In Track and Sort, Machine Vision IS the Trend
| By: Winn Hardin, Contributing Editor
Until recently, the material-handling industry turned to a different form of optoelectronics to assist with automatically tracking and sorting products: the laser-scanning barcode reader. Laser scanners were fast, pretty reliable, had the greatest depth of field to accommodate large boxes and were the most cost-effective solution on the market. The only constant, however, is change. And today, as companies look to improve read-rate accuracy while collecting more data than can be embedded in a 1D barcode, camera-based solutions are quickly gaining market share as commerce becomes 'smarter'.
The dollars—and sense—behind faster, better readers
Most autoID tracking and sorting applications take one of three forms: presentation mode, in which the machine-readable code is manually “presented” to a reader that is either handheld or fixed and semi-automatic; and fully automated, in which the product moves along a conveyor, chute or table, passing through the reader’s field of view.
They say imitation is the sincerest form of flattery. But in the business world, imitation is often complemented by acquisition. Italian autoID expert Datalogic made its name in the laser barcode-scanning industrial solution space, but in recent years, the company has added several lines of camera-based autoID technology. When asked about the growth of camera-based solutions compared to laser barcode-scanning, Gian Paolo Fedrigo, CEO of Datalogic Industrial Automation (Minneapolis, Minnesota) explained that “technology is about trends, products are about solutions. In this case, machine vision is the primary technological trend going against traditional laser scanners. But that’s where Datalogic is strongest because we offer a complete range of solutions to cover all of industry’s autoID tracking, sorting and logistics requirements. As shown in our live demo, our offering includes laser based bar code scanners, innovative 2D image based readers such as our Matrix 450™, with the largest reading area in its category, and also linear long range imagers, which address emerging requirements in the Parcel, Courier and Retail Distribution markets.”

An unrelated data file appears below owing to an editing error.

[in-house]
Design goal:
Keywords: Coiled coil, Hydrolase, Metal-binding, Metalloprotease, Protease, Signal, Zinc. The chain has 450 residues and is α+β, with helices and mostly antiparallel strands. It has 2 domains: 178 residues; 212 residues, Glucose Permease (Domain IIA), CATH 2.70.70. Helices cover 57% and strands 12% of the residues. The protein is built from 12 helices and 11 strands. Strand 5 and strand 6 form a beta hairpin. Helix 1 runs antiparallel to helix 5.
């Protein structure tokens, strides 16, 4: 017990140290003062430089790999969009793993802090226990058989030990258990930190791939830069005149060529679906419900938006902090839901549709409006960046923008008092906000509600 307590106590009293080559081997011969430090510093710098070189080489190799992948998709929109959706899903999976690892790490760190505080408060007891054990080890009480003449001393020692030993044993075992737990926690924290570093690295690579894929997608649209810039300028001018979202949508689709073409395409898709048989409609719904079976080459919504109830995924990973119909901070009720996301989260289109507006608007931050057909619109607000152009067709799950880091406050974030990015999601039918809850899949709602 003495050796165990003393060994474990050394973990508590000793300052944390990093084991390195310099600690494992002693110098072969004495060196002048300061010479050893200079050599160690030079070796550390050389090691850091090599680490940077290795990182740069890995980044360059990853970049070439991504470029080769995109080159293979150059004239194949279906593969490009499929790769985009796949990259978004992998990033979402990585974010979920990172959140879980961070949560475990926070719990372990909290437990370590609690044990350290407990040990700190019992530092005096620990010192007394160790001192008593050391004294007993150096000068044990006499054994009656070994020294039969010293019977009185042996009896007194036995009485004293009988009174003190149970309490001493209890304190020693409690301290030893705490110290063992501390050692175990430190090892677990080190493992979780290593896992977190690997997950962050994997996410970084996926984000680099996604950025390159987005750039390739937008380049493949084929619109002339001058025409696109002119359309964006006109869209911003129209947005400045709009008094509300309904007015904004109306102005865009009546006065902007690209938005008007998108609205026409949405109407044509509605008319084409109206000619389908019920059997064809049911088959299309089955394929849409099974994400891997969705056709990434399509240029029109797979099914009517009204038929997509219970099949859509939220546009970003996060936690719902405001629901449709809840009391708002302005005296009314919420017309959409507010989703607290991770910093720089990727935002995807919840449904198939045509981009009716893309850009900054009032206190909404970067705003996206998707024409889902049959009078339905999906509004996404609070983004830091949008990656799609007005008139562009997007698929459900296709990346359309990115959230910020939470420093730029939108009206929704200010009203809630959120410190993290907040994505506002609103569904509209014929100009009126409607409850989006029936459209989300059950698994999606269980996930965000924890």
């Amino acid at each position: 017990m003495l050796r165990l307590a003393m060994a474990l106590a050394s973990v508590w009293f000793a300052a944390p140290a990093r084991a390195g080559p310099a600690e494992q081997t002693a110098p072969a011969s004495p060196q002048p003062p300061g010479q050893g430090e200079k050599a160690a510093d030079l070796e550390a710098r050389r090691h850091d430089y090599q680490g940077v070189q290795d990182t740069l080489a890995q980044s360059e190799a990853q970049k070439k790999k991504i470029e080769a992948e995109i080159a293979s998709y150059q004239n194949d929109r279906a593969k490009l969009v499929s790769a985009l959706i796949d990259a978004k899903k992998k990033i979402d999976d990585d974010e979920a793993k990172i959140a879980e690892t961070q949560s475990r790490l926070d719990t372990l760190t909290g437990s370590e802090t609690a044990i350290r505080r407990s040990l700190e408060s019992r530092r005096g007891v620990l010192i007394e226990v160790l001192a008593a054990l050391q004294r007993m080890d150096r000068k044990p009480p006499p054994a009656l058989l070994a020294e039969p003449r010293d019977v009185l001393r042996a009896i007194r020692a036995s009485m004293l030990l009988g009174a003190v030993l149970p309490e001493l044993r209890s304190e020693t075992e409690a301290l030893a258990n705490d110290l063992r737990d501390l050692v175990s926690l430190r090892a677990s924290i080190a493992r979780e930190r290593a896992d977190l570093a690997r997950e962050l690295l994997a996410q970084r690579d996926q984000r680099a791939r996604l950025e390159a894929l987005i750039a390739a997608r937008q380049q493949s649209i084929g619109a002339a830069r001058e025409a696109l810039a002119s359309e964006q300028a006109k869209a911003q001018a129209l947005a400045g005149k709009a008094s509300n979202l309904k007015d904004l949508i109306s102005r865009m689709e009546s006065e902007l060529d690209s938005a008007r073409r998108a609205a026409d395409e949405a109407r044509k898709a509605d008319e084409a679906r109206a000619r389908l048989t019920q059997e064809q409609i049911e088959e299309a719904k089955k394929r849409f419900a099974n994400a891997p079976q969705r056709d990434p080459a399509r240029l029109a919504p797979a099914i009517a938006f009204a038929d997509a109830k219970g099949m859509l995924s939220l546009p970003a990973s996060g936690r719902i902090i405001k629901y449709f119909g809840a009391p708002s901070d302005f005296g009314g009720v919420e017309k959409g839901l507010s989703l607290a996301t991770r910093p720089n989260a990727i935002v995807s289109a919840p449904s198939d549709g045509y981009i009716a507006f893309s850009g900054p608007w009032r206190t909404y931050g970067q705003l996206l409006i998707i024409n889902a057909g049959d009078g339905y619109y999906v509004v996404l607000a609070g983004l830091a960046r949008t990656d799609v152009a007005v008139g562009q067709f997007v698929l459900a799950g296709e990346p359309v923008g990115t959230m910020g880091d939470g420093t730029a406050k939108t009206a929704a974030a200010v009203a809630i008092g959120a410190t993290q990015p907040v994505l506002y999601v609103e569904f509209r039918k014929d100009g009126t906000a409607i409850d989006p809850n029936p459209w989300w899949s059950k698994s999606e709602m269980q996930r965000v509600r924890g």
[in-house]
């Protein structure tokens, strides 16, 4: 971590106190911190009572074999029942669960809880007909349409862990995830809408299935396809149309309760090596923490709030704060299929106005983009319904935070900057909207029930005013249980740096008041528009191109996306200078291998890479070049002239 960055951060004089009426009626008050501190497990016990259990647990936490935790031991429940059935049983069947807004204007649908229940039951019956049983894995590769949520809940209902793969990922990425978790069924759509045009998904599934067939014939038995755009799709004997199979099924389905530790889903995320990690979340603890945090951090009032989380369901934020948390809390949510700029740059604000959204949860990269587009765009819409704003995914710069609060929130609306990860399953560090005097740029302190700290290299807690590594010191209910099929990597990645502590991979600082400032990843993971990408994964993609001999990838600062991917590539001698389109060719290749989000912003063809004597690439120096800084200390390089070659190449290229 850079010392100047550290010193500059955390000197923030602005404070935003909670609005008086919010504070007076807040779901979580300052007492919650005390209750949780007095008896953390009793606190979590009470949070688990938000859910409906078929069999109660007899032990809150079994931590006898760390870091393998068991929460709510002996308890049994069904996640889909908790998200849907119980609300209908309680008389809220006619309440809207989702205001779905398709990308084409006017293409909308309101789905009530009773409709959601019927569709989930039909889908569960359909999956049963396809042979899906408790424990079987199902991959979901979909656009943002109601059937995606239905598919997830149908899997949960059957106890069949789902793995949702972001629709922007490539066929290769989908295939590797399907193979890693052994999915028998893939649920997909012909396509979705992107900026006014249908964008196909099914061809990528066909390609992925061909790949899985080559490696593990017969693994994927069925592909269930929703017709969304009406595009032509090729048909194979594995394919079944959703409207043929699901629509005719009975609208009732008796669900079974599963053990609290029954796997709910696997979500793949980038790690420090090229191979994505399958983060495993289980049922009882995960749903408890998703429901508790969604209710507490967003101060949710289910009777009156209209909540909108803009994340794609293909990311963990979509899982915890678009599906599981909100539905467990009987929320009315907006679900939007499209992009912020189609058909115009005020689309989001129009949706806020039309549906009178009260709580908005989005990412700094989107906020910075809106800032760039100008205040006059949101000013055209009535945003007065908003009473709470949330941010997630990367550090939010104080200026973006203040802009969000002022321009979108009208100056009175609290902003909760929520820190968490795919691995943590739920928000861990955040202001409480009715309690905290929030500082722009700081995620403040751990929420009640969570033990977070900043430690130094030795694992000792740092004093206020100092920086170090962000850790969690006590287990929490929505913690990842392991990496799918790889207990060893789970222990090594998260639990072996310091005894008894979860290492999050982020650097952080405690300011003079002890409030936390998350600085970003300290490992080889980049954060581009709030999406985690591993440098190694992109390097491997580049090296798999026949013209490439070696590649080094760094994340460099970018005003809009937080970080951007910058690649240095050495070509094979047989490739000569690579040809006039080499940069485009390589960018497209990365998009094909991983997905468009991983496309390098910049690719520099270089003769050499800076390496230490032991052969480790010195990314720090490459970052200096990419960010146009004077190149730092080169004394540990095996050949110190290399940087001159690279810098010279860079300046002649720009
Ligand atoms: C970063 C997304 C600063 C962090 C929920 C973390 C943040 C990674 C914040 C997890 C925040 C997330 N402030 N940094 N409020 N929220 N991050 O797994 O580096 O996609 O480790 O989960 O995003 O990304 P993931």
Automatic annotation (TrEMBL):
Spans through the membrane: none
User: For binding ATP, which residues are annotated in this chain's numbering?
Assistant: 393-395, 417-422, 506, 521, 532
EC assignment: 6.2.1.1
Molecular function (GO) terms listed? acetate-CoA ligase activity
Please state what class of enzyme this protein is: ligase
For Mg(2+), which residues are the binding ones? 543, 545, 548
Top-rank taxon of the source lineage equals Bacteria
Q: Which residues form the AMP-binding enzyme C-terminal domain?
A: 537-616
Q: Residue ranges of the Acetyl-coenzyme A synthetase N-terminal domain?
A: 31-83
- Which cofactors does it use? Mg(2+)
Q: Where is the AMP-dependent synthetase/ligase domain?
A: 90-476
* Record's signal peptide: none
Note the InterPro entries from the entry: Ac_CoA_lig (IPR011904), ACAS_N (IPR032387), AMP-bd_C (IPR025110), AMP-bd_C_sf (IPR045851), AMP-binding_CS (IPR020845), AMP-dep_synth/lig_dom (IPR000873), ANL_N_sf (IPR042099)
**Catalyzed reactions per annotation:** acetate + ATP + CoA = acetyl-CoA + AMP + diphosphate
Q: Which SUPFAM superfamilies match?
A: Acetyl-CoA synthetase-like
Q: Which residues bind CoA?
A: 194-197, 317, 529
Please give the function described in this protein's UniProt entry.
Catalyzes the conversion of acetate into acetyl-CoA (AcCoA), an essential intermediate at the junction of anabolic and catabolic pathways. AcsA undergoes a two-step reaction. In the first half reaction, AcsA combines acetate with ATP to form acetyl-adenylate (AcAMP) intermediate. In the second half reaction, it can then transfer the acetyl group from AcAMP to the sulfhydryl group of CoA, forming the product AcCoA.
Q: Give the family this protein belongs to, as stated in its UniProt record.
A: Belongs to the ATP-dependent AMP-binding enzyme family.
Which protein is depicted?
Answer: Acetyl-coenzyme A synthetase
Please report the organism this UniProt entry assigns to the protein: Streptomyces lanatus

It’s generally accepted that camera-based autoID solutions offer better read rates than laser scanners because a camera-based solution can read a partially damaged barcode while the laser scanner might only scan the damaged portion, resulting in a failed read. In a recent ROI analysis, Cognex Corp. (Natick, Massachusetts) determined that improving read rates by 1 percent on a conveyor running at 400 feet per minute could save a distribution center more than $160,000 per year in labor and rework costs. At this year’s ProMat, Cognex demonstrated DataMan 503 series logistic barcode readers that use lower-cost area array sensors instead of linear array sensors for high-throughput, large depth of field, fully automated sorting applications.
“The DataMan 503 is a new product that we introduced at the show,” says Matt Engle, strategic market development manager at Cognex. “That’s our high-end DataMan product. The primary differentiator between the 500 series and 300 series is speed and resolution, or belt coverage in logistic terms. Now, with the 500 and 300 series, we can cost-effectively solve virtually any application in logistics.”